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 Table of Contents    
ORIGINAL ARTICLE  
Year : 2019  |  Volume : 53  |  Issue : 1  |  Page : 63-69
Role of beta tri-calcium phosphate-based composite ceramic as bone-graft expander in Masquelet's-induced membrane technique


Department of Orthopaedics, Government Medical College Hospital, Chandigarh, India

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Date of Web Publication6-Feb-2019
 

   Abstract 


Background: Filling bone defect after debridement of infected nonunion is an orthopedic challenge. Since the volume of autologous bone graft available is limited, allograft, demineralized bone matrix, and calcium phosphate ceramic-based bone graft substitutes have come up as potential autograft expanders. This study was conducted to analyze the use of beta tri-calcium phosphate (B-TCP)-based composite ceramic as autologous bone-graft expander in the management of postinfective segmental gap nonunion of long bones managed with two-stage Masquelet's technique. Materials and Methods: 42 consecutive patients with postinfective segmental long bone defects of 4–12 cm managed with Masquelet's-induced membrane technique, operated between February 2012 and June 2015, were included in this prospective case series. During the second stage bone-grafting procedure, iliac crest autograft alone or mixed with B-TCP granules (ratio not exceeding >1:1) was used along with appropriate internal-fixation. Bony union (defined clinicoradiologically as ability to painlessly bear weight on affected limb without support along with bridging of 3 cortices on X-rays) was evaluated. Results: Union was achieved in 80.9% patients (34/42) with index bone grafting. 100% union rate was achieved in patients where only autograft was used (15/15) and in nonsmoker femoral nonunion patients with the use of B-TCP (13/13). The use of B-TCP was associated with higher rate of nonunion in smokers (6/8, 75%) and in tibial nonunions (4/9, 55.5%). All, but one, of 8 patients with nonunion, united after the second-bone grafting procedure. Conclusion: B-TCP is an efficacious and safe autologous bone graft expander in Masquelet's two-stage management of post infective segmental gap nonunion of long bones. Patients should be counseled regarding increased risk of nonunion and need for repeat grafting with its use, especially if they are smokers or site of involvement is tibia.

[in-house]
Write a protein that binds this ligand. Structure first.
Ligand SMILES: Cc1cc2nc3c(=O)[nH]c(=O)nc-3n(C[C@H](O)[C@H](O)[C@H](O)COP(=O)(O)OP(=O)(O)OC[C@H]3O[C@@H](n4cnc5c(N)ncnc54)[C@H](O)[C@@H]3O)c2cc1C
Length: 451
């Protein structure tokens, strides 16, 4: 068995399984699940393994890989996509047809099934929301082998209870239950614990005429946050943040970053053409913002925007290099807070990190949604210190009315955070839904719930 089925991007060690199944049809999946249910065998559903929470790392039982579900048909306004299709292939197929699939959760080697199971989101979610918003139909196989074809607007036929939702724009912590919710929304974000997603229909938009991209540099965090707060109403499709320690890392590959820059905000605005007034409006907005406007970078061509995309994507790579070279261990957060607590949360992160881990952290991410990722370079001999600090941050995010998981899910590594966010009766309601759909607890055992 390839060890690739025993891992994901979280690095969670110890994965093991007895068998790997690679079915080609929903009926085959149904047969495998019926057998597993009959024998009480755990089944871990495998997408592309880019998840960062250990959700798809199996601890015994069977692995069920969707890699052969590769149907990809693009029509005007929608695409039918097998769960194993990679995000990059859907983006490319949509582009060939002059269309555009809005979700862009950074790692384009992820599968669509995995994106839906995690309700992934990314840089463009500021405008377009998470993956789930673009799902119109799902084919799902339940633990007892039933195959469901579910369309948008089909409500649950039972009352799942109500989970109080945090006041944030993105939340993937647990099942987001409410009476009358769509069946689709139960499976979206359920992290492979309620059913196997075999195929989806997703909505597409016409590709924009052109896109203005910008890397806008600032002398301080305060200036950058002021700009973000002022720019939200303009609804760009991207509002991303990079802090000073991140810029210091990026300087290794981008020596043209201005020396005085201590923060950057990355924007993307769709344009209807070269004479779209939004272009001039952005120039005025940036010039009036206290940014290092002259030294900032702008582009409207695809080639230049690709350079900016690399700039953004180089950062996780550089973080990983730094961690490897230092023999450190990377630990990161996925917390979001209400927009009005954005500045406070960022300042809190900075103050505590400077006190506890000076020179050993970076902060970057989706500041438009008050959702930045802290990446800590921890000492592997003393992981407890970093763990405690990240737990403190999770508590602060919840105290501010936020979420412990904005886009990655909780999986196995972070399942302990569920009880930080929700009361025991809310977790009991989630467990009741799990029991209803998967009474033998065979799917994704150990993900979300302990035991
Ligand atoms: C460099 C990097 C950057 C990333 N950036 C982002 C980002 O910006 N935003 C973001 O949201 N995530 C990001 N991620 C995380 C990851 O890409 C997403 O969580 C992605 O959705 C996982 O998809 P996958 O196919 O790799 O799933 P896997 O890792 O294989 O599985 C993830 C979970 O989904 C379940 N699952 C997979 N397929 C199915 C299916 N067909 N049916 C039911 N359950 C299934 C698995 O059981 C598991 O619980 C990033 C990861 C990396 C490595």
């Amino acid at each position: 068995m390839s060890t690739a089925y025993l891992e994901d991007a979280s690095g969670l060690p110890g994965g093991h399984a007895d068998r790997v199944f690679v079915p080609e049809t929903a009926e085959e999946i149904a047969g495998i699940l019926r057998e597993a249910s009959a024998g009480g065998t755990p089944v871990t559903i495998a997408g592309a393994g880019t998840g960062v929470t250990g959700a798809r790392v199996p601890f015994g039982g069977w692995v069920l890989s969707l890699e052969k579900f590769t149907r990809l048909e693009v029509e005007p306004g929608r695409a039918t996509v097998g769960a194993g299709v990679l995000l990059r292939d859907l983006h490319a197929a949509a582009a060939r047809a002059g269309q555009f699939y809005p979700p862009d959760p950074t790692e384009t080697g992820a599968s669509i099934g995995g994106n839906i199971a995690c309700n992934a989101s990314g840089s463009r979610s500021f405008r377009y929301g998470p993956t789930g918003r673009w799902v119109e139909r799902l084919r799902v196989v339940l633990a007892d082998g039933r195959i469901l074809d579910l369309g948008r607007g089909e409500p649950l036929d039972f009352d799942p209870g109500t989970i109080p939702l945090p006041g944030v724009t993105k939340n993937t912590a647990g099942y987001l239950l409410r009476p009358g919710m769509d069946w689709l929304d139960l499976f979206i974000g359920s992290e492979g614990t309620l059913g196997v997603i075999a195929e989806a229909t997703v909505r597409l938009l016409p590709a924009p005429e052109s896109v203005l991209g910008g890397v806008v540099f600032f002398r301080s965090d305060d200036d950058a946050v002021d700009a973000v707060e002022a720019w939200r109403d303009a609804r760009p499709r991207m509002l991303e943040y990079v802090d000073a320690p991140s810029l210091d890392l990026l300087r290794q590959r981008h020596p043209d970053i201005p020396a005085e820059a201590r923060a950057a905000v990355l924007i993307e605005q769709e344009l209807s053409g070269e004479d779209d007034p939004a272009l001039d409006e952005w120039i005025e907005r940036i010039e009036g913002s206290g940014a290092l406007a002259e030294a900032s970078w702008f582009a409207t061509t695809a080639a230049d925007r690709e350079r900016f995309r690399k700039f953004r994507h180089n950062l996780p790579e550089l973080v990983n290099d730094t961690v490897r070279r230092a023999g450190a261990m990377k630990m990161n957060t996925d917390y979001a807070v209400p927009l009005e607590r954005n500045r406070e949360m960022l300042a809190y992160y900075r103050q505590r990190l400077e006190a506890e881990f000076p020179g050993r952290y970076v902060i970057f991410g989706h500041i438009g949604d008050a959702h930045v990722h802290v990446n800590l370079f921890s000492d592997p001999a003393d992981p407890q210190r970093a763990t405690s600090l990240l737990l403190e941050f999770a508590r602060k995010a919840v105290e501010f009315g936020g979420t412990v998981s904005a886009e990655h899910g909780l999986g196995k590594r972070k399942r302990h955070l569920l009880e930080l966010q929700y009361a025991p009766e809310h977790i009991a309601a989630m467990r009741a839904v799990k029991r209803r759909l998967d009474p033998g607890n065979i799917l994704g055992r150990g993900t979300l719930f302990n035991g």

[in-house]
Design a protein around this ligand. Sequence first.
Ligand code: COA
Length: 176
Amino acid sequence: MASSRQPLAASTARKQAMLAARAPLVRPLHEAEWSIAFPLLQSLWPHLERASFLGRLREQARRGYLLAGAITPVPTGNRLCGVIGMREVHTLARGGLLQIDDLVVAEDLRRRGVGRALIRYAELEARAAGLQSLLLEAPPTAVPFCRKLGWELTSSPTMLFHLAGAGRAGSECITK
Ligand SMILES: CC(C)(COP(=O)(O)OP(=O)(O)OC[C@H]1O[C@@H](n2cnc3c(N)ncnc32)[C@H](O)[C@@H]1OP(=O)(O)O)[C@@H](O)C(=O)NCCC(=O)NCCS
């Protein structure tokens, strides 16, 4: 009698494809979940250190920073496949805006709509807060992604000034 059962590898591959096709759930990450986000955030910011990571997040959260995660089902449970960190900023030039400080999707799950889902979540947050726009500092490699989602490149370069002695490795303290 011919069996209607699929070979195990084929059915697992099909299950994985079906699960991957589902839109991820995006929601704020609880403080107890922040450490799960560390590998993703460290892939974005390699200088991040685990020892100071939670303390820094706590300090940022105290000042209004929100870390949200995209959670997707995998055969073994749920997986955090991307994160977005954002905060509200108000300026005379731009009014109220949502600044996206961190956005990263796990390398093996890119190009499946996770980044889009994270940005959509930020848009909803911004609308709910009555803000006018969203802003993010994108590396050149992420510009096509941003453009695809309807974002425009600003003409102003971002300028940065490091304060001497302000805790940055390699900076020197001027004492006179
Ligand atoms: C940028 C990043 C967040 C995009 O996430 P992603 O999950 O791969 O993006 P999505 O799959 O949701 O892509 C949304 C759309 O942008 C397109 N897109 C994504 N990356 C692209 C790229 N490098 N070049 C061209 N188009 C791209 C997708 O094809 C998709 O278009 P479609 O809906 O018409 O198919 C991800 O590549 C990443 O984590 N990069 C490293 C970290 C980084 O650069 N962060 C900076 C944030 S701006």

Keywords: Beta tri-calcium phosphate, bone grafting, Masquelet's technique, segmental gap nonunion

How to cite this article:
Gupta S, Malhotra A, Jindal R, Garg SK, Kansay R, Mittal N. Role of beta tri-calcium phosphate-based composite ceramic as bone-graft expander in Masquelet's-induced membrane technique. Indian J Orthop 2019;53:63-9

How to cite this URL:
Gupta S, Malhotra A, Jindal R, Garg SK, Kansay R, Mittal N. Role of beta tri-calcium phosphate-based composite ceramic as bone-graft expander in Masquelet's-induced membrane technique. Indian J Orthop [serial online] 2019 [cited 2019 Aug 20];53:63-9. Available from: http://www.ijoonline.com/text.asp?2019/53/1/63/251691



   Introduction Top


Infected gap nonunion of long bones is a significant reconstructive challenge. Ilizarov's bone-transport, vascularized fibula and Masquelet's-induced membrane technique are the primary modalities of limb-salvage in these cases.[1] Masquelet's technique has gained ground in the last decade because of its relatively simple technique which has given excellent results in multiple hands other than the originator.[2] The biggest challenge currently with this technique is the requirement of large volume of bone graft to fill the segmental defect in 2nd stage. Cancellous autograft from iliaccrest is the best available material, but the supply is limited.[3] Reamer-irrigation-aspiration (RIA) system has been used to harvest autograft of high quality from intramedullary canal.[4] This has solved the problem of volume but has the potential of causing significant morbidity.[3]

Induced membrane, by virtue of its highly vascular nature and presence of growth factors,[1] presents an excellent opportunity for the use of osteoconductive bone-graft substitutes (allograft, demineralized bone matrix [DBM], and synthetic calcium-phosphate ceramics) as autograft volume expander. Allograft and DBM have been reported to be successfully used in this scenario.[3],[5] Synthetic calcium-phosphates, especially beta tri-calcium phosphate (B-TCP), have been successfully used as graft expander in spinal fusions, impaction bone grafting in revision total hip replacement and to fill bone cavity after curettage of bone tumors.[6],[7],[8],[9],[10],[11],[12] They have also been shown to incorporate predictably in animal models of segmental long bone defect.[13] Despite sound experimental and clinical evidence, there is no report in literature which has analyzed their use specifically in the reconstruction of infected segmental gap nonunion treated with Masquelet's technique.